A good range of answers for this year’s question, overlapping a bit with 2011’s What scientific concept would improve everybody’s cognitive toolkit?
I love this recasting of the internet into a fantastical medieval setting. Standards become spells, standards bodies become guilds and orders of a coven, and technologies become instruments of divination. Here, for example, is the retelling of IPv4:
The Unique Rune of the Fourth Order is the original and formative Unique Rune, still commonly in use. All existing Unique Runes of the Fourth Order were created simultaneously in the late 1970’s by the Numberkeepers, at a time when Rough Telepathy was a small and speculative effort tightly affiliated with the Warring Kingdom of the United States. There were then and are now 4.3 billion Unique Runes of the Fourth Order, a number which cannot be increased. The early Numberkeepers believed 4.3 billion would be more than enough. However, this number is no longer sufficient to provision the masses hungry to never disengage from participation in Rough Telepathy, and the Merchants eager to harness Rough Telepathy as a “feature” in new and often unnecessary consumer products. This shortage has caused considerable headache among the Fiefdoms, the Regional Telepathy Registers, and the Coven.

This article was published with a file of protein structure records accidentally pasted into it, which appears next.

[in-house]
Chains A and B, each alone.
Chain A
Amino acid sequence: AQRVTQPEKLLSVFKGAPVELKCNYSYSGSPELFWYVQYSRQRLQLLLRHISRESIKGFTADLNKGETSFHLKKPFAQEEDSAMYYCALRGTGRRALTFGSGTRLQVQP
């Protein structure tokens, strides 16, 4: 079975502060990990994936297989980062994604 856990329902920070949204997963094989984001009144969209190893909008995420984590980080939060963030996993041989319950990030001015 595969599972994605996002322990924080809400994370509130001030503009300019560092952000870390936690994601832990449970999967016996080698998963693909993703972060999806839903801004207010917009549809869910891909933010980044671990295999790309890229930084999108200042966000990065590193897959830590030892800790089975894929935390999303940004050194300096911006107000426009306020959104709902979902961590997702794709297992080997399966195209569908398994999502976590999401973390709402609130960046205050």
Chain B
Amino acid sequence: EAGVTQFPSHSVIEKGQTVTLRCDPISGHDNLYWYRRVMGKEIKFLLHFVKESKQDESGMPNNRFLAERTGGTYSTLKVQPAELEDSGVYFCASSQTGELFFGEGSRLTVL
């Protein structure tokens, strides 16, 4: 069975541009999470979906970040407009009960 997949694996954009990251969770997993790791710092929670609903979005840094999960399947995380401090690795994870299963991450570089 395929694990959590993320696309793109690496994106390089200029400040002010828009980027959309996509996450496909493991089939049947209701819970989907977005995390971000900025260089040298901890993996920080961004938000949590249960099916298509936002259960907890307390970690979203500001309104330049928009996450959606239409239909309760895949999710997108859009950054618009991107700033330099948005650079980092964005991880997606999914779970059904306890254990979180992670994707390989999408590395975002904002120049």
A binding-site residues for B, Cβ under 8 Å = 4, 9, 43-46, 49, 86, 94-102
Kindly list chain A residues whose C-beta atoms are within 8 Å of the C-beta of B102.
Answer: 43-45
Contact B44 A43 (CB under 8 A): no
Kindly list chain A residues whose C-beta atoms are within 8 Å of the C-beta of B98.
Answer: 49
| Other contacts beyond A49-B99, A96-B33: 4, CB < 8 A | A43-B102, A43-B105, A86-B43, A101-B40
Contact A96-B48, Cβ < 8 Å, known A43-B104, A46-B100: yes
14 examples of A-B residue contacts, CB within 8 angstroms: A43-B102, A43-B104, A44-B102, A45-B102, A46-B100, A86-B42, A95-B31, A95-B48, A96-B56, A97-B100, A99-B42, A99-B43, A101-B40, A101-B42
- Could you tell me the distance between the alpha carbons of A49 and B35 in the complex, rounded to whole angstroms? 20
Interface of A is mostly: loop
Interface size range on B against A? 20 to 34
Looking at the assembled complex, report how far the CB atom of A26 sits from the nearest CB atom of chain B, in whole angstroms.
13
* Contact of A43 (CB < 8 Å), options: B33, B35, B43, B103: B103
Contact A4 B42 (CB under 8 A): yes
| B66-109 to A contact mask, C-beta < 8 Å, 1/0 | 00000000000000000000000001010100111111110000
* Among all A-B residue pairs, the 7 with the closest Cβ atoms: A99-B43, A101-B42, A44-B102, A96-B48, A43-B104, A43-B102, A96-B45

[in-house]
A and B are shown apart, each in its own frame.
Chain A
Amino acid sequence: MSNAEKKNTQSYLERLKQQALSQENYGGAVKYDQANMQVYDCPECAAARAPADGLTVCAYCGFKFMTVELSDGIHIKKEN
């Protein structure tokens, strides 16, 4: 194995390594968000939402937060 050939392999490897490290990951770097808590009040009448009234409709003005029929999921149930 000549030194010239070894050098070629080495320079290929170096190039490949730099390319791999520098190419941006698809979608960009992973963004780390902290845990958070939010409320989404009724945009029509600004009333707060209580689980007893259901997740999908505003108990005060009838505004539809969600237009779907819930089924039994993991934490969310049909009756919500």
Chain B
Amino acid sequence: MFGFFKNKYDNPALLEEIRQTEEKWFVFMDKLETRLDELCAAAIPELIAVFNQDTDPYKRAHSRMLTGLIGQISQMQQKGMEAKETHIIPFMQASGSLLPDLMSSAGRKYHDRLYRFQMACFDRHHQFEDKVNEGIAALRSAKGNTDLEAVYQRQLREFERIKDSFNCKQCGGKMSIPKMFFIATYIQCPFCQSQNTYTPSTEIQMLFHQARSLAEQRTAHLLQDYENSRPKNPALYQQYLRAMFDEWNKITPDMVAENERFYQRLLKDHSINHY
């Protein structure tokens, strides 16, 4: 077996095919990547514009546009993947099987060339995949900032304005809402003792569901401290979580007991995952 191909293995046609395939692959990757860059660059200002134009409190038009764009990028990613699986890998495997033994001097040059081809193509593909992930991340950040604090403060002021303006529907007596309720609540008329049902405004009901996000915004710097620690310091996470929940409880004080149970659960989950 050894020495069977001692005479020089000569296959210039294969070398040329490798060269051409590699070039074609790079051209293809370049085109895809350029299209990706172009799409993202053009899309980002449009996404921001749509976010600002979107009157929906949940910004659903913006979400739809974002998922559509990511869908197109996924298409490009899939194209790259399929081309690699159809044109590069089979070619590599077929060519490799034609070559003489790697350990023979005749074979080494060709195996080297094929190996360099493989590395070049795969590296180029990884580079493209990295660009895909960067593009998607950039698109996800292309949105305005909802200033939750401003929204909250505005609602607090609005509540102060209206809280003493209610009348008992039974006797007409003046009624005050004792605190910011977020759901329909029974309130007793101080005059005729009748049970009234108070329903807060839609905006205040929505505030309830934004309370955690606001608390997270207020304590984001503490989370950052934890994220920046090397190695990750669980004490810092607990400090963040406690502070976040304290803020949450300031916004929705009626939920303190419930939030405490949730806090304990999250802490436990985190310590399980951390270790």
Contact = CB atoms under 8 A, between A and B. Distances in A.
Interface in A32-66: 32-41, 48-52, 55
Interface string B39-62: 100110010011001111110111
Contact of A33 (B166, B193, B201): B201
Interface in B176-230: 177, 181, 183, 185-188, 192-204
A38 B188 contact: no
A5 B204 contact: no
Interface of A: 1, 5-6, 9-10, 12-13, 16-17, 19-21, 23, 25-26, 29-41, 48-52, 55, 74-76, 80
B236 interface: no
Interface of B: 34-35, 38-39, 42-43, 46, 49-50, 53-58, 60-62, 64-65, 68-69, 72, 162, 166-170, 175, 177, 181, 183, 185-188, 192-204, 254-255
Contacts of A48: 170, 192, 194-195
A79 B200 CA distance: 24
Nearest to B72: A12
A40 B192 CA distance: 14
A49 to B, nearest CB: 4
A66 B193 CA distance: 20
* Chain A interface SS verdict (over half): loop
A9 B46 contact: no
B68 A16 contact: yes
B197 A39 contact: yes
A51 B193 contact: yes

This is a clever technique by Dave—use viewport units to make a lightweight lightbox.
This is a wonderful service! Handcrafted artisanal passwords made with a tried and trusted technique:
You roll a die 5 times and write down each number. Then you look up the resulting five-digit number in the Diceware dictionary, which contains a numbered list of short words.
That’s the description from the site’s creator, Mira:
Please keep in mind when ordering that I am a full-time sixth grade student with a lot of homework.
She’s the daughter of Julia Angwin, author of Dragnet Nation.
A marvellous piece of writing and design. The family drama of two brothers who revolutionised the world of diving and salvage, told through beautifully typeset hypertext…
Continuous web death.
The modern journalist is not an expert on the web. They and their colleagues have spent a large part of the last twenty-five years dismissing the open web at every stage. They are not the people you can trust to either accurately assess the web or to make usable websites. You can’t even trust them to make sensible decisions about web strategy. Just look at their damn websites!
Andy is sticking with the indie web.
Here, I control my words. Nobody can shut this site down, run annoying ads on it, or sell it to a phone company. Nobody can tell me what I can or can’t say, and I have complete control over the way it’s displayed. Nobody except me can change the URL structure, breaking 14 years of links to content on the web.